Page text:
United States v. Ceccolini
Annotate this Case
435 U.S. 268 (1978)
U.S. Supreme Court
United States v. Ceccolini, 435 U.S. 268 (1978)
United States v. Ceccolini
Argued December 5, 1977
Decided March 21, 1978
435 U.S. 268
A police officer (Biro), while taking a break in respondent's flower shop and conversing with an employee of the shop (Hennessey), noticed an envelope with money protruding therefrom lying on the cash register. Upon examination, he found it contained not only money, but policy slips. Biro then placed the envelope back on the register and, without telling Hennessey what he had found, asked her to whom the envelope belonged. She told him it belonged to respondent. Biro's finding was reported to local detectives and to the FBI, who interviewed Hennessey some four months later without referring to the incident involving Biro. About six months after that incident, respondent was summoned before a federal grand jury, where he testified that he had never taken policy bets at his shop, but Hennessey testified to the contrary, and, shortly thereafter, respondent was indicted for perjury. Hennessey testified against respondent at his trial, but, after a finding of guilt, the District Court granted respondent's motion to suppress Hennessey's testimony and set aside that finding. The Court of Appeals affirmed, noting that the "road" to that testimony from the concededly unconstitutional search was "both straight and uninterrupted."
Held: The Court of Appeals erred in concluding that the degree of attenuation between Biro's search of the envelope and Hennessey's testimony at the trial was not sufficient to dissipate the connection between the illegality of the search and challenged testimony. Pp. 435 U. S. 273-280.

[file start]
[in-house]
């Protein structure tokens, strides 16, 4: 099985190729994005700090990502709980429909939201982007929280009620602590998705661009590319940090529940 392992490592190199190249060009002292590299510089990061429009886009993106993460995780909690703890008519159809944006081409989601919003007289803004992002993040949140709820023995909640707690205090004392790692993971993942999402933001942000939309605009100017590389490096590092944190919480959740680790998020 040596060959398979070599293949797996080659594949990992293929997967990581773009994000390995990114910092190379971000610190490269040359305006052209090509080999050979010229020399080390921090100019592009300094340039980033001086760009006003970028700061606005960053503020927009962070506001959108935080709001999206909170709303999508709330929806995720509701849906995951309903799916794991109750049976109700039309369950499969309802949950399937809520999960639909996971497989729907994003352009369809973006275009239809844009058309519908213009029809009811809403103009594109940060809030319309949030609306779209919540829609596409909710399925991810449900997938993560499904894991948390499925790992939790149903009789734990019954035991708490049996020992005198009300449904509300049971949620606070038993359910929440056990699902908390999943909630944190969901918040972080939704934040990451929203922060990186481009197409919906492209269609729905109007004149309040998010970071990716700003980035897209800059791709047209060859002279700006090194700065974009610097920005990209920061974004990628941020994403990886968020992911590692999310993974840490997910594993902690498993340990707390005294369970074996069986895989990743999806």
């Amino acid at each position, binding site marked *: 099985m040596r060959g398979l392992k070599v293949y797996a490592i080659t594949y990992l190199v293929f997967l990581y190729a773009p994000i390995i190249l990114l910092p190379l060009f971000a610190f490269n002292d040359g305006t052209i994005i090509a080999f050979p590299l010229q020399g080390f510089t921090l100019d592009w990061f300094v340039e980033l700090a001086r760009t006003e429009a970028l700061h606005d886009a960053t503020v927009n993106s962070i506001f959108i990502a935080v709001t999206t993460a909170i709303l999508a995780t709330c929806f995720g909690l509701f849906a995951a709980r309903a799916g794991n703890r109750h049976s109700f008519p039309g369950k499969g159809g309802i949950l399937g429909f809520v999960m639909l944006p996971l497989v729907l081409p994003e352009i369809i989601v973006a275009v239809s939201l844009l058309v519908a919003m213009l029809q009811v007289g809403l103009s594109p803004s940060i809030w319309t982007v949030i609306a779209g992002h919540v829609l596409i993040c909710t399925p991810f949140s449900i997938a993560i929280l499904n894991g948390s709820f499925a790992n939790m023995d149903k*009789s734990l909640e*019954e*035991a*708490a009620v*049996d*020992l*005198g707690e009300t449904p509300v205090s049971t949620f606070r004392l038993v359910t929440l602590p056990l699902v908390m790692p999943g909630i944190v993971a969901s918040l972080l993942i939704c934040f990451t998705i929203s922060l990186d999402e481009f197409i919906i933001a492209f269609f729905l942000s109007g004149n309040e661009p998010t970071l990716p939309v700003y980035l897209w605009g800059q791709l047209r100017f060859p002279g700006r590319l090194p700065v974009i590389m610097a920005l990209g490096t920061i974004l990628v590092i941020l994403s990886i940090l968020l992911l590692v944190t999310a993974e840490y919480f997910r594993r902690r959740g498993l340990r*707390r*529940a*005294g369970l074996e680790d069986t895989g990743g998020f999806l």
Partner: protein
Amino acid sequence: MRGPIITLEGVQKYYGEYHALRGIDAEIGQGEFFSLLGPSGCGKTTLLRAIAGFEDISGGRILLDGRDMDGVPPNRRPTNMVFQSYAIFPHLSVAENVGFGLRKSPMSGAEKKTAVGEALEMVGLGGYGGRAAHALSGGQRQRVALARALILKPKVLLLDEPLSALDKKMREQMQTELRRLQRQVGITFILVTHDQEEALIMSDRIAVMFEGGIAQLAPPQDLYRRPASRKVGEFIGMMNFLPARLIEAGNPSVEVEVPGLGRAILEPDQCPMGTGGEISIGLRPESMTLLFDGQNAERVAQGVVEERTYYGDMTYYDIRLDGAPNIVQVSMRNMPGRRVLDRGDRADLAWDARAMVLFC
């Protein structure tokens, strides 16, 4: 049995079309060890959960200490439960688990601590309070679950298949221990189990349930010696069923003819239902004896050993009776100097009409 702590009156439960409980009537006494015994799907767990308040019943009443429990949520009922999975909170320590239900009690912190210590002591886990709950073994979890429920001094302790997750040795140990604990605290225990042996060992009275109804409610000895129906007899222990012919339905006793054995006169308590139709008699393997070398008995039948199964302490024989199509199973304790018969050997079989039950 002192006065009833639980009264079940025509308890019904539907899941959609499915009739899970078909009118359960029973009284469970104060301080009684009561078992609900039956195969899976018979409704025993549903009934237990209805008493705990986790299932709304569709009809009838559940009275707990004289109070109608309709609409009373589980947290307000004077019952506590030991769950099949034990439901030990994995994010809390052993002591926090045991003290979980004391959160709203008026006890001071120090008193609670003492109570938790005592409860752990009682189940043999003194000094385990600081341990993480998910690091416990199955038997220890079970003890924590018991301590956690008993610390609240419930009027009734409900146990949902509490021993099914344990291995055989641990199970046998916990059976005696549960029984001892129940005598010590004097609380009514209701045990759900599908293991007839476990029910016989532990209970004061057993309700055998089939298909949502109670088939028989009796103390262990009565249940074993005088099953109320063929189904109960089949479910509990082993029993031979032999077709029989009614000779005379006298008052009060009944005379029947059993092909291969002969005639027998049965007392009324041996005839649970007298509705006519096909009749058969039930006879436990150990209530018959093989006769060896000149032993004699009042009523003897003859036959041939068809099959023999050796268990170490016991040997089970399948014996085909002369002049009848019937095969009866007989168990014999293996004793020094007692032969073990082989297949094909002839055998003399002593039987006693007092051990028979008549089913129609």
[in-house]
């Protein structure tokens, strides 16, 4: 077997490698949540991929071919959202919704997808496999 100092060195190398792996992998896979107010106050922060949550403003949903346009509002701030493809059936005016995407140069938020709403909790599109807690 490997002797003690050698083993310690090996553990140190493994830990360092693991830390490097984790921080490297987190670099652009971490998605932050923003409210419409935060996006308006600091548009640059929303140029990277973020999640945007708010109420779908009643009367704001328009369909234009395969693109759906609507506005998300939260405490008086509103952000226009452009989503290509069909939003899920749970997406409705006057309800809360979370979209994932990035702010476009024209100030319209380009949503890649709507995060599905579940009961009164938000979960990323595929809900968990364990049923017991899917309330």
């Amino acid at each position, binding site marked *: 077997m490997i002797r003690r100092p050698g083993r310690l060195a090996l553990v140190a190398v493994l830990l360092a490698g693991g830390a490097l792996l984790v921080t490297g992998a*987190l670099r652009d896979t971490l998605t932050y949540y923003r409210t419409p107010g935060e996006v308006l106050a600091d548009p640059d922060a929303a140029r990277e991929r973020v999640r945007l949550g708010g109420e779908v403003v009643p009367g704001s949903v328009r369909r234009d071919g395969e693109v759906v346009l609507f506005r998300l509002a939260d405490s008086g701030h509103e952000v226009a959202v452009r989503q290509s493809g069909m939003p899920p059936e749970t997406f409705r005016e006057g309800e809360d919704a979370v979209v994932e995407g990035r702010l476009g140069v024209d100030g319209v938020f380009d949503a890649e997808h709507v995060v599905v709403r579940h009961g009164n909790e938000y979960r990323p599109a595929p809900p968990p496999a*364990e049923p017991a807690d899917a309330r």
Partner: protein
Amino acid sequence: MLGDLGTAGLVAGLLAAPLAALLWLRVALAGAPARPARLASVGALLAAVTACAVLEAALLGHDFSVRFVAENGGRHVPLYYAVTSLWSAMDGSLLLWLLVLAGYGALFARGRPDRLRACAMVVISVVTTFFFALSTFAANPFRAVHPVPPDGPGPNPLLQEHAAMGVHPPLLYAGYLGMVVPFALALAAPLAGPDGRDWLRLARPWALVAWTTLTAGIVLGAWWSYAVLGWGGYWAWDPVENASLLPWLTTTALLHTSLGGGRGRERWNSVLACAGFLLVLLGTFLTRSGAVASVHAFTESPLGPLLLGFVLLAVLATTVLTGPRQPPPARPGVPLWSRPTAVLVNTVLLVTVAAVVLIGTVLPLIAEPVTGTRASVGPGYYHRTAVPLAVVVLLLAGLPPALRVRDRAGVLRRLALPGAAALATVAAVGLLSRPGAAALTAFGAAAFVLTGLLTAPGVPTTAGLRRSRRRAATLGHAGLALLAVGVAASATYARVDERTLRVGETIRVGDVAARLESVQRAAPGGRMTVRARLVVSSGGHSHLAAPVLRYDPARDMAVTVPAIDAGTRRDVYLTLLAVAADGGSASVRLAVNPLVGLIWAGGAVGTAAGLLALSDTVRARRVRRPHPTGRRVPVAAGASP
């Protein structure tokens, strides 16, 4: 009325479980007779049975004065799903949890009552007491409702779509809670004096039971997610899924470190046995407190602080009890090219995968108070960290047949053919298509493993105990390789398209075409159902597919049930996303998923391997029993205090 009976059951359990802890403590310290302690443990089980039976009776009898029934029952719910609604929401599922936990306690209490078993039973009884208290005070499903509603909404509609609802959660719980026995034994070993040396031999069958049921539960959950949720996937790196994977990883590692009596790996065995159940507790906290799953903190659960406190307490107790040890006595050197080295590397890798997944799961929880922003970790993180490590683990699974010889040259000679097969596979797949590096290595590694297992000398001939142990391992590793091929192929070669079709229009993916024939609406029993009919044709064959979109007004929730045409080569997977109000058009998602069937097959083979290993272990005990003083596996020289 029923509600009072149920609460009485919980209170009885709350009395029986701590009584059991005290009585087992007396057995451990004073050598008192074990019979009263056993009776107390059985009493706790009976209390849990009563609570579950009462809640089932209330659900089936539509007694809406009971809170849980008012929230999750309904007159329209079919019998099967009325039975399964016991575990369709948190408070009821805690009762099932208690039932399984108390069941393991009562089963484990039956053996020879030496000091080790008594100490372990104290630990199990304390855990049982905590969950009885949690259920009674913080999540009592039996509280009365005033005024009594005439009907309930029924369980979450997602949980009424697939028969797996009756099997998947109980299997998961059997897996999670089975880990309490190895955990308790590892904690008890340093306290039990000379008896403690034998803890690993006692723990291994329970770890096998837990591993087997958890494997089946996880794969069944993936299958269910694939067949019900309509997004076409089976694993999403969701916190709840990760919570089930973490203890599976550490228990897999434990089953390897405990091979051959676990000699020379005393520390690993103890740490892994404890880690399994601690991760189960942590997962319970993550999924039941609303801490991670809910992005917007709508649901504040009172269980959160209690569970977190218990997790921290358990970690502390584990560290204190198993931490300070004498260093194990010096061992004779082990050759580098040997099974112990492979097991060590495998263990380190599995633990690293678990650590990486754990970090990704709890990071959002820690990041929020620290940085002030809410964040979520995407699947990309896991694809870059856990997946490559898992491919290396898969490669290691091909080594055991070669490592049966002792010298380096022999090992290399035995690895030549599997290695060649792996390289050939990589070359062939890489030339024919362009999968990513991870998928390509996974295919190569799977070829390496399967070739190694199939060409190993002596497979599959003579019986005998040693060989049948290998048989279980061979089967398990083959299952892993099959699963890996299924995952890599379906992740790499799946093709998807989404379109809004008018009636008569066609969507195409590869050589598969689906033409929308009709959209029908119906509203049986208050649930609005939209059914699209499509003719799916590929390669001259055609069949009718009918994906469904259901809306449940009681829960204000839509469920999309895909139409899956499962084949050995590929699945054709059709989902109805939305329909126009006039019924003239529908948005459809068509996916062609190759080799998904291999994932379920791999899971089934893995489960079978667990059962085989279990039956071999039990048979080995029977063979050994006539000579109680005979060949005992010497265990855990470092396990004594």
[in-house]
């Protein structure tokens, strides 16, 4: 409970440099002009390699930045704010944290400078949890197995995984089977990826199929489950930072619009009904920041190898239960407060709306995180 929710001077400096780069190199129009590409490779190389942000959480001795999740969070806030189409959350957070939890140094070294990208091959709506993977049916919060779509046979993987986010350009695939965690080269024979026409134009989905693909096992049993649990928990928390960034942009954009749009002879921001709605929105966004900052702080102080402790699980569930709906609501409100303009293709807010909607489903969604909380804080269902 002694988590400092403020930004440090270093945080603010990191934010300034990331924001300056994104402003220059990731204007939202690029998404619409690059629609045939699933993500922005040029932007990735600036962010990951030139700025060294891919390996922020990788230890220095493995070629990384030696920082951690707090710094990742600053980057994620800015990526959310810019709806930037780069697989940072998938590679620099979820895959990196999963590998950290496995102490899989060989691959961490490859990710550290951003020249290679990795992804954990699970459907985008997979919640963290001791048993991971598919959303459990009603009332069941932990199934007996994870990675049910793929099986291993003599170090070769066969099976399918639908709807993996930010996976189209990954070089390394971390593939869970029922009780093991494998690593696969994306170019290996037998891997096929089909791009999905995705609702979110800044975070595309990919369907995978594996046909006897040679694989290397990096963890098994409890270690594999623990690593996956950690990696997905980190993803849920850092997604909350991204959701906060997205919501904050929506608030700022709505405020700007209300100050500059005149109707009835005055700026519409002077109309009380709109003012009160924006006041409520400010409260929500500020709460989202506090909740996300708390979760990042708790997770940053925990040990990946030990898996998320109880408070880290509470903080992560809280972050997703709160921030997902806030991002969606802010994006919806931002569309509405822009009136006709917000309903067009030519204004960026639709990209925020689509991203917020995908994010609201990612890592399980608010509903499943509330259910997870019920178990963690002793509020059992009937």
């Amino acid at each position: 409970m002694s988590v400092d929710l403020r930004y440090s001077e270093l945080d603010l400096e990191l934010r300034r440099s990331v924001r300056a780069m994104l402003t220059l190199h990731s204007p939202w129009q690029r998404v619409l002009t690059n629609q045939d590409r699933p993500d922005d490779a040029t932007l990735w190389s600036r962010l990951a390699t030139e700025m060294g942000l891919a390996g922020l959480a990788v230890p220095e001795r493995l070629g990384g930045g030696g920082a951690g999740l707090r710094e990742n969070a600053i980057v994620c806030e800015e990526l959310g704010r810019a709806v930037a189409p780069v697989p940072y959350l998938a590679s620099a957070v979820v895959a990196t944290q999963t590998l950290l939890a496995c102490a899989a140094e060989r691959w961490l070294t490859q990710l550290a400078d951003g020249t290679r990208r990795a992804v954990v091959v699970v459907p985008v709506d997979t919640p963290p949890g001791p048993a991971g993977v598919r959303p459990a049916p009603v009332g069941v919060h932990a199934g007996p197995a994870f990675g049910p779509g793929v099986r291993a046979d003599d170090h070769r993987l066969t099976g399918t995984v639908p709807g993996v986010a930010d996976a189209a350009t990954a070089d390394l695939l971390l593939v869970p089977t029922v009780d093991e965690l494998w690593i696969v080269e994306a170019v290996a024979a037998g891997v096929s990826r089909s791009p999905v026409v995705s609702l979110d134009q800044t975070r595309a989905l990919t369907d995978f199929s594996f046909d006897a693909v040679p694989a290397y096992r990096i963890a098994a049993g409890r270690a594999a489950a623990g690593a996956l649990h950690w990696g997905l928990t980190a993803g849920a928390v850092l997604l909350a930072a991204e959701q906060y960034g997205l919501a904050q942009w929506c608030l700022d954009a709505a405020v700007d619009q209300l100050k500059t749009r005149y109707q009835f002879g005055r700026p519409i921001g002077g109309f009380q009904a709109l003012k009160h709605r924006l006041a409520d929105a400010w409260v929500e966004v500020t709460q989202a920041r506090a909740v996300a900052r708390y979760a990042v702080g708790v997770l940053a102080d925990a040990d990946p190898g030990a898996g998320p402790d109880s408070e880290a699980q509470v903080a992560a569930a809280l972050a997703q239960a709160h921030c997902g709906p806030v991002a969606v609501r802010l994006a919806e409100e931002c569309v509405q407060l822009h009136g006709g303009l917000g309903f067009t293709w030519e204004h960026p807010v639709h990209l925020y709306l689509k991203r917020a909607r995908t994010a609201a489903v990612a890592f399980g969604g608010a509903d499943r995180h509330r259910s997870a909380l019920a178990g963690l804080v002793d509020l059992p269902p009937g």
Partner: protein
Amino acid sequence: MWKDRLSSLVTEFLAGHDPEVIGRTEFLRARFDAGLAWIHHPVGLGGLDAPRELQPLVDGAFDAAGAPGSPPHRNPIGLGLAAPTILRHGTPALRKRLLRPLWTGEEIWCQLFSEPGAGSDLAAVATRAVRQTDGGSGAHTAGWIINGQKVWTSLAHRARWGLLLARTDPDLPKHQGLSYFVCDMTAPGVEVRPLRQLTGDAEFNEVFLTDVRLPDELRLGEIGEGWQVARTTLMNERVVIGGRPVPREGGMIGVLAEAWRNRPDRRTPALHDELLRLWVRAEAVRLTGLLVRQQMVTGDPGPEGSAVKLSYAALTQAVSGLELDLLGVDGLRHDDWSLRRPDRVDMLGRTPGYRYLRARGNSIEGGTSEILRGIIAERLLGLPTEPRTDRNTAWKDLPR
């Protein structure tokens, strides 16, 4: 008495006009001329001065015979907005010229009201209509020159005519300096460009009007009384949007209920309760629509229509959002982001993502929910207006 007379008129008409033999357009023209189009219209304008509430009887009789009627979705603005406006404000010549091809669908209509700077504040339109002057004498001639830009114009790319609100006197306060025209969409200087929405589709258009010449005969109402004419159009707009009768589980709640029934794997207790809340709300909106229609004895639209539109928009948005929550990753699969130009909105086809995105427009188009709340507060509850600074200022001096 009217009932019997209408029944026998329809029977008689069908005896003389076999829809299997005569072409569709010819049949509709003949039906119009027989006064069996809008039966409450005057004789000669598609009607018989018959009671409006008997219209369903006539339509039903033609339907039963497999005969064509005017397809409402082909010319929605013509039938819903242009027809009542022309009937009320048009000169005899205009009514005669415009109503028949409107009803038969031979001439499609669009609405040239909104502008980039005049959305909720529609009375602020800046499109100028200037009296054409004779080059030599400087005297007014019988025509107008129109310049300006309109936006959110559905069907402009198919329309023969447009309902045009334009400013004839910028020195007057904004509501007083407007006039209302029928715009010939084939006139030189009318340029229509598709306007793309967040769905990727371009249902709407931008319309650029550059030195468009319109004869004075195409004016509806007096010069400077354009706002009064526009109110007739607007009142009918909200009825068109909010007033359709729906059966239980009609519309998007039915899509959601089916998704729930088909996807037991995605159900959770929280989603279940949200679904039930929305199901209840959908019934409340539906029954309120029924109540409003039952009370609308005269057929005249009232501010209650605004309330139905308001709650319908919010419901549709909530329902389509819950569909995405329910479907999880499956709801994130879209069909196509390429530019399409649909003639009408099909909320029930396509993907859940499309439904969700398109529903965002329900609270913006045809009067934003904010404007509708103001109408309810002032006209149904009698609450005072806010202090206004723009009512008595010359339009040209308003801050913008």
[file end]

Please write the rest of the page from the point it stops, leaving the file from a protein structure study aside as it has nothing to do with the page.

(a) In determining whether the exclusionary rule, with its deterrent purpose, should be applied, its benefits should be balanced against its costs, and, in evaluating the standards for application of the rule to live witness testimony in light of this balance, material factors to be considered are the length of the "road" between the Fourth Amendment violation and the witness' testimony; the degree of free will exercised by the witness; and the fact that exclusion of the witness' testimony would perpetually disable the witness from testifying about relevant and material facts regardless of how unrelated such testimony might be to the purpose of the originally illegal search or the evidence discovered thereby. Pp. 435 U. S. 273-279.
(b) Here, where the evidence indicates overwhelmingly that Hennessey's
testimony was an act of her own free will in no way coerced or induced by official authority as a result of Biro's discovery of the policy slips where substantial time elapsed between the illegal search and the initial contact with the witness and between the latter and her trial testimony, and where both Hennessey's identity and her relationship with respondent were well known to the investigating officers, and there is no evidence that Biro entered the shop or picked up the envelope with the intent of finding evidence of an illicit gambling operation, application of the exclusionary rule could not have the slightest deterrent effect on the behavior of an officer such as Biro, and the cost of permanently silencing Hennessey is too great for an evenhanded system of law enforcement to bear in order to secure such a speculative and very likely negligible deterrent effect. Pp. 435 U. S. 279-280.
(c) The exclusionary rule should be invoked with much greater reluctance where the claim is based on a causal relationship between a constitutional violation and the discovery of a live witness than when a similar claim is advanced to support suppression of an inanimate object. P. 435 U. S. 280.
542 F.2d 136, reversed.
REHNQUIST, J., delivered the opinion of the Court, in which STEWART, WHITE, POWELL, and STEVENS, JJ., joined. BURGER, C.J., filed an opinion concurring in the judgment, post, p. 435 U. S. 280. MARSHALL, J., filed a dissenting opinion, in which BRENNAN, J., joined, post, p. 435 U. S. 285. BLACKMUN, J., took no part in the consideration or decision of the case.
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